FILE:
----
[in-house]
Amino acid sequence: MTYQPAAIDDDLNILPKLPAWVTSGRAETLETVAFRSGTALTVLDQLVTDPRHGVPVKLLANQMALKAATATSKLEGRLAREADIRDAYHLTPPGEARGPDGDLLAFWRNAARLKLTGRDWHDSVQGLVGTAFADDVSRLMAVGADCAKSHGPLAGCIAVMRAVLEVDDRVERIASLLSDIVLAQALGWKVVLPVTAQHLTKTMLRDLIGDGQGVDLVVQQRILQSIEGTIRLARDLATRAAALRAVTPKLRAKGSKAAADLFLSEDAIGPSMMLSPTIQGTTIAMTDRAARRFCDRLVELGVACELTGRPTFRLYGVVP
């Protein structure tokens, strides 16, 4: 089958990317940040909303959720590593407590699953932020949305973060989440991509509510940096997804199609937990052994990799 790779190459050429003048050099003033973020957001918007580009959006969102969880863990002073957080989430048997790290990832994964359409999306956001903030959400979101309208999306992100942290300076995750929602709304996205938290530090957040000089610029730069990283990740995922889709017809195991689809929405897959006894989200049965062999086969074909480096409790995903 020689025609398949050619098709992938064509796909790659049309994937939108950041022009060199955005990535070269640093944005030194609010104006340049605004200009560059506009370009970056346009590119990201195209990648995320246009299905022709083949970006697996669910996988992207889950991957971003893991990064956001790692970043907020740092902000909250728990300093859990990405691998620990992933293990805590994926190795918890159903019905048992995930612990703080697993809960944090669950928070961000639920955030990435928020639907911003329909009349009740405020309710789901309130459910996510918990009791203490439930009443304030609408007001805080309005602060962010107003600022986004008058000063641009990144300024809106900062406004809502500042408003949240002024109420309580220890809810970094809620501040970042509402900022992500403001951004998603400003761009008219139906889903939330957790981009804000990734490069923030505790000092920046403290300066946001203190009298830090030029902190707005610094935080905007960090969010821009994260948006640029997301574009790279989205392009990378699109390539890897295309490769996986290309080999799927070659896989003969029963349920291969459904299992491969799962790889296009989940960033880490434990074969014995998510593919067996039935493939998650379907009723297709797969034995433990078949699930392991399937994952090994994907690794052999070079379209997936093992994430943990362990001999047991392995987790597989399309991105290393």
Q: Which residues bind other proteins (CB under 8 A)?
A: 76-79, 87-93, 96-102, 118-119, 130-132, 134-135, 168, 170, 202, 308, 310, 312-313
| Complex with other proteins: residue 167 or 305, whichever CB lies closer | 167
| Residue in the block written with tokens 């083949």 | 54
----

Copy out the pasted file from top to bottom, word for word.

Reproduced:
[in-house]
Amino acid sequence: MTYQPAAIDDDLNILPKLPAWVTSGRAETLETVAFRSGTALTVLDQLVTDPRHGVPVKLLANQMALKAATATSKLEGRLAREADIRDAYHLTPPGEARGPDGDLLAFWRNAARLKLTGRDWHDSVQGLVGTAFADDVSRLMAVGADCAKSHGPLAGCIAVMRAVLEVDDRVERIASLLSDIVLAQALGWKVVLPVTAQHLTKTMLRDLIGDGQGVDLVVQQRILQSIEGTIRLARDLATRAAALRAVTPKLRAKGSKAAADLFLSEDAIGPSMMLSPTIQGTTIAMTDRAARRFCDRLVELGVACELTGRPTFRLYGVVP
């Protein structure tokens, strides 16, 4: 089958990317940040909303959720590593407590699953932020949305973060989440991509509510940096997804199609937990052994990799 790779190459050429003048050099003033973020957001918007580009959006969102969880863990002073957080989430048997790290990832994964359409999306956001903030959400979101309208999306992100942290300076995750929602709304996205938290530090957040000089610029730069990283990740995922889709017809195991689809929405897959006894989200049965062999086969074909480096409790995903 020689025609398949050619098709992938064509796909790659049309994937939108950041022009060199955005990535070269640093944005030194609010104006340049605004200009560059506009370009970056346009590119990201195209990648995320246009299905022709083949970006697996669910996988992207889950991957971003893991990064956001790692970043907020740092902000909250728990300093859990990405691998620990992933293990805590994926190795918890159903019905048992995930612990703080697993809960944090669950928070961000639920955030990435928020639907911003329909009349009740405020309710789901309130459910996510918990009791203490439930009443304030609408007001805080309005602060962010107003600022986004008058000063641009990144300024809106900062406004809502500042408003949240002024109420309580220890809810970094809620501040970042509402900022992500403001951004998603400003761009008219139906889903939330957790981009804000990734490069923030505790000092920046403290300066946001203190009298830090030029902190707005610094935080905007960090969010821009994260948006640029997301574009790279989205392009990378699109390539890897295309490769996986290309080999799927070659896989003969029963349920291969459904299992491969799962790889296009989940960033880490434990074969014995998510593919067996039935493939998650379907009723297709797969034995433990078949699930392991399937994952090994994907690794052999070079379209997936093992994430943990362990001999047991392995987790597989399309991105290393």
Q: Which residues bind other proteins (CB under 8 A)?
A: 76-79, 87-93, 96-102, 118-119, 130-132, 134-135, 168, 170, 202, 308, 310, 312-313
| Complex with other proteins: residue 167 or 305, whichever CB lies closer | 167
| Residue in the block written with tokens 């083949």 | 54